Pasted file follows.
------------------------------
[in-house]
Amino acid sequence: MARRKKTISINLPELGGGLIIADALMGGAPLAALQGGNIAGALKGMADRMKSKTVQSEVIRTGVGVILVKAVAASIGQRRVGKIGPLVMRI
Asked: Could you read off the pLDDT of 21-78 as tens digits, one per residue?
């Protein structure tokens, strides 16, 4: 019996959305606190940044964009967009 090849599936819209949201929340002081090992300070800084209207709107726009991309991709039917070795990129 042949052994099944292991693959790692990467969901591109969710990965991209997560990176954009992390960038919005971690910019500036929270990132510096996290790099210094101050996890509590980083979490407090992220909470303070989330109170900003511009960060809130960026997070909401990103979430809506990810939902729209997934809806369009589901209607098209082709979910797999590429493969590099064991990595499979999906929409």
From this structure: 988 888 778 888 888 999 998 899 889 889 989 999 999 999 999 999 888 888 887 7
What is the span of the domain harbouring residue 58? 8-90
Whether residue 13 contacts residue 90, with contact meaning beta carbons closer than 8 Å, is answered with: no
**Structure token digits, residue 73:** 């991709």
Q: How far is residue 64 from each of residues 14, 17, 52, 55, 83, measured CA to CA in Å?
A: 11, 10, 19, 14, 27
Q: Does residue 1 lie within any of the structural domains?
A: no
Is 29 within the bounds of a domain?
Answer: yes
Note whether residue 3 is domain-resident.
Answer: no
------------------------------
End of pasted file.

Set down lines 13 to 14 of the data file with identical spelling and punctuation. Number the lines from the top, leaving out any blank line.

Is 29 within the bounds of a domain?
Answer: yes